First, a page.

DAN: Let's get just a little nerdy here on a little bit of insurance law that there are really kind of two types of insurance. There's the vast majority of Texans are on a PPO plan and then there's some Texans who are on an HMO plan but these are treated a little bit different. Right. By this rule can you explain a little bit about the nuances of that?

LEE: Sure. So, on the PPO side of course that is not a closed network. Consumers.. members can receive treatment in and out of network in other words they always have a benefit without regard to who treats them. Right. It might be a different level of benefits but they always have a benefit. And so the issue on the PPO side has always been. Well. Why am I getting this bill after I've paid my coinsurance or deductible...

DAN: Would that be a surprise bill?

LEE: That would be a surprise bill. Where's this other bill coming from, so the physician has received payment from the patient, from our member. They've received payment from us. The physicians receive payment from the hospital for being available… Just for being available not for providing the service. And then the physician on top of those payments then demands more payment directly from the consumer… so..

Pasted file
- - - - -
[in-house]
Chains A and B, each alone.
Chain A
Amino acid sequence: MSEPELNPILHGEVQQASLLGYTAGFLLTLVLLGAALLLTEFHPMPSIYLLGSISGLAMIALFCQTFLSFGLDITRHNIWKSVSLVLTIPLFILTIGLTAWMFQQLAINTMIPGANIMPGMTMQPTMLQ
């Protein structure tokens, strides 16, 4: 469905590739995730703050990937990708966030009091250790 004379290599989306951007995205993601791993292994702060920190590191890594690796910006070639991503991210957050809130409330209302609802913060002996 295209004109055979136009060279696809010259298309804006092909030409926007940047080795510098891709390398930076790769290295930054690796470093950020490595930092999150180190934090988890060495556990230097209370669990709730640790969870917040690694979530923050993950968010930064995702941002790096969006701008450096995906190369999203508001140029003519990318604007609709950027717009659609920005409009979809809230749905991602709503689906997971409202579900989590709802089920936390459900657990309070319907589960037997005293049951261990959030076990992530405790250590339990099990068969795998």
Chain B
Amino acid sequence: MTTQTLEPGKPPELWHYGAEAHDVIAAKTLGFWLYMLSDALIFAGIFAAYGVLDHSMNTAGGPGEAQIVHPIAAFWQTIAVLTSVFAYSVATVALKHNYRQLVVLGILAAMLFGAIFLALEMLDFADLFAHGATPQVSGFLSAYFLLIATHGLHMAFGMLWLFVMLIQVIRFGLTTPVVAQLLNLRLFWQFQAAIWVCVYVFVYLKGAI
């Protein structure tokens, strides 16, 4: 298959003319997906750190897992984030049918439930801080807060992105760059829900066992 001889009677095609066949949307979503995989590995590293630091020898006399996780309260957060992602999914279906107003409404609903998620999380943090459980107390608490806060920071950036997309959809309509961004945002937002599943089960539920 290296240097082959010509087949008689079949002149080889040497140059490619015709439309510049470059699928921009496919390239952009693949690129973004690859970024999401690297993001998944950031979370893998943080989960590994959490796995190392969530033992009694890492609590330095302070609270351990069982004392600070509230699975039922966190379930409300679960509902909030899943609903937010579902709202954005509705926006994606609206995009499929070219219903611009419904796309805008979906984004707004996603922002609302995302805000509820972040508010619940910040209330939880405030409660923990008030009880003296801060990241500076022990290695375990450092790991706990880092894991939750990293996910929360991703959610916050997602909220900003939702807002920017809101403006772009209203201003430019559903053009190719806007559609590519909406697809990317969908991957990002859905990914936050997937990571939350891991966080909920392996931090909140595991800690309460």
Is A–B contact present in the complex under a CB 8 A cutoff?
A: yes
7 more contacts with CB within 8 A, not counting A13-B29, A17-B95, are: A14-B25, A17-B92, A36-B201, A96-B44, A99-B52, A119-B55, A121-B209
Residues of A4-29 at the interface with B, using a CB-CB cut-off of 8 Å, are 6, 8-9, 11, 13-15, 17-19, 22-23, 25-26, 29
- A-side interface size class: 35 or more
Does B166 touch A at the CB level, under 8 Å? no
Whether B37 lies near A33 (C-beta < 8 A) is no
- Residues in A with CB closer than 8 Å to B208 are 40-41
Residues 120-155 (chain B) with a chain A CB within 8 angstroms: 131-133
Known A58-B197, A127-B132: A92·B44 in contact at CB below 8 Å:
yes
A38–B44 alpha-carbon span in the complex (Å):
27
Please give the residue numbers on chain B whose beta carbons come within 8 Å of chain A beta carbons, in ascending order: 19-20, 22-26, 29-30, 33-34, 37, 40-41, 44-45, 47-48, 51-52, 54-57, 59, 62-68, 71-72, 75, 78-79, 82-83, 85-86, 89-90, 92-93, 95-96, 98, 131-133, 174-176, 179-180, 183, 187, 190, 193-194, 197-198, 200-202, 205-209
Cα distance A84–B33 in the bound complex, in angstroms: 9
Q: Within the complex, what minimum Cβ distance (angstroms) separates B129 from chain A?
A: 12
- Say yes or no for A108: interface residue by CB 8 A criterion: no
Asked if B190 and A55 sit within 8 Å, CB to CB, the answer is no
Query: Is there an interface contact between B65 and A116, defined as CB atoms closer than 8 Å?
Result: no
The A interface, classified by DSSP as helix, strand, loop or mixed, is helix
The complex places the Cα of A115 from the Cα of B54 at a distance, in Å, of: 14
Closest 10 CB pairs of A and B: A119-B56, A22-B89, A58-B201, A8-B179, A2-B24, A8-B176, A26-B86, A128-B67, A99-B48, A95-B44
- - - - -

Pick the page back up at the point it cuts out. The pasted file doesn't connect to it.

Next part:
DAN: Because they're under this cap of usual and customary, right?

LEE: Because, they have a usual customary charge and we're under regulation we're required to fairly settle claims that's based… that's the most basic duty that we have. And so, what physicians think their usual and customary charges is much different from what we think is a fair settlement of the claim.